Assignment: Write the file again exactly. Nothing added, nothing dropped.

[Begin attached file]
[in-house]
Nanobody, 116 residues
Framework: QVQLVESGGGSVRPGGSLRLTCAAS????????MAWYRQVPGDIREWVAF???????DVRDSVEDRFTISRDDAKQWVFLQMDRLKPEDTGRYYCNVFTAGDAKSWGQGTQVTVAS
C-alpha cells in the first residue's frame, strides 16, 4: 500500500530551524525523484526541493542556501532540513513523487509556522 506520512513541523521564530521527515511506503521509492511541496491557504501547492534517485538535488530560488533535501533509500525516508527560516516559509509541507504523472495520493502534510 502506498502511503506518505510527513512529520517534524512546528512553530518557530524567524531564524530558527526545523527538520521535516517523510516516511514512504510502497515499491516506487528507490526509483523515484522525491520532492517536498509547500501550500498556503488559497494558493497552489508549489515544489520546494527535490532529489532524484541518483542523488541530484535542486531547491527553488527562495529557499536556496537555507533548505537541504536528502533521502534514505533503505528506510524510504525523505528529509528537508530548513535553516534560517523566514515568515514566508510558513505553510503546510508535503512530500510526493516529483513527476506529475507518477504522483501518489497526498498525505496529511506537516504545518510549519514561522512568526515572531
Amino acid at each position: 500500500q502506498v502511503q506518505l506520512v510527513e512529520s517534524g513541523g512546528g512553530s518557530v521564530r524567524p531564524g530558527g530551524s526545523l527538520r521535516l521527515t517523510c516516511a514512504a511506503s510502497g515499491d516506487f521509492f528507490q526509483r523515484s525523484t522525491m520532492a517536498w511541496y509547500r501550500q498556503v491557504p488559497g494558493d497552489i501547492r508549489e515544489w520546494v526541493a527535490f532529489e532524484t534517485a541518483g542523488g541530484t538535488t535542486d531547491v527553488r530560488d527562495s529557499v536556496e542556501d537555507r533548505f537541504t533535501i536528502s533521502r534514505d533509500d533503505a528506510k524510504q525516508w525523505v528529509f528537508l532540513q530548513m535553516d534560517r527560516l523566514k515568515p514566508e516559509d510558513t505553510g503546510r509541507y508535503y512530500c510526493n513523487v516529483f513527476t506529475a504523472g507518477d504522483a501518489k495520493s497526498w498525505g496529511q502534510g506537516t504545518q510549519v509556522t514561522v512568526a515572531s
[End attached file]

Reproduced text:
[in-house]
Nanobody, 116 residues
Framework: QVQLVESGGGSVRPGGSLRLTCAAS????????MAWYRQVPGDIREWVAF???????DVRDSVEDRFTISRDDAKQWVFLQMDRLKPEDTGRYYCNVFTAGDAKSWGQGTQVTVAS
C-alpha cells in the first residue's frame, strides 16, 4: 500500500530551524525523484526541493542556501532540513513523487509556522 506520512513541523521564530521527515511506503521509492511541496491557504501547492534517485538535488530560488533535501533509500525516508527560516516559509509541507504523472495520493502534510 502506498502511503506518505510527513512529520517534524512546528512553530518557530524567524531564524530558527526545523527538520521535516517523510516516511514512504510502497515499491516506487528507490526509483523515484522525491520532492517536498509547500501550500498556503488559497494558493497552489508549489515544489520546494527535490532529489532524484541518483542523488541530484535542486531547491527553488527562495529557499536556496537555507533548505537541504536528502533521502534514505533503505528506510524510504525523505528529509528537508530548513535553516534560517523566514515568515514566508510558513505553510503546510508535503512530500510526493516529483513527476506529475507518477504522483501518489497526498498525505496529511506537516504545518510549519514561522512568526515572531
Amino acid at each position: 500500500q502506498v502511503q506518505l506520512v510527513e512529520s517534524g513541523g512546528g512553530s518557530v521564530r524567524p531564524g530558527g530551524s526545523l527538520r521535516l521527515t517523510c516516511a514512504a511506503s510502497g515499491d516506487f521509492f528507490q526509483r523515484s525523484t522525491m520532492a517536498w511541496y509547500r501550500q498556503v491557504p488559497g494558493d497552489i501547492r508549489e515544489w520546494v526541493a527535490f532529489e532524484t534517485a541518483g542523488g541530484t538535488t535542486d531547491v527553488r530560488d527562495s529557499v536556496e542556501d537555507r533548505f537541504t533535501i536528502s533521502r534514505d533509500d533503505a528506510k524510504q525516508w525523505v528529509f528537508l532540513q530548513m535553516d534560517r527560516l523566514k515568515p514566508e516559509d510558513t505553510g503546510r509541507y508535503y512530500c510526493n513523487v516529483f513527476t506529475a504523472g507518477d504522483a501518489k495520493s497526498w498525505g496529511q502534510g506537516t504545518q510549519v509556522t514561522v512568526a515572531s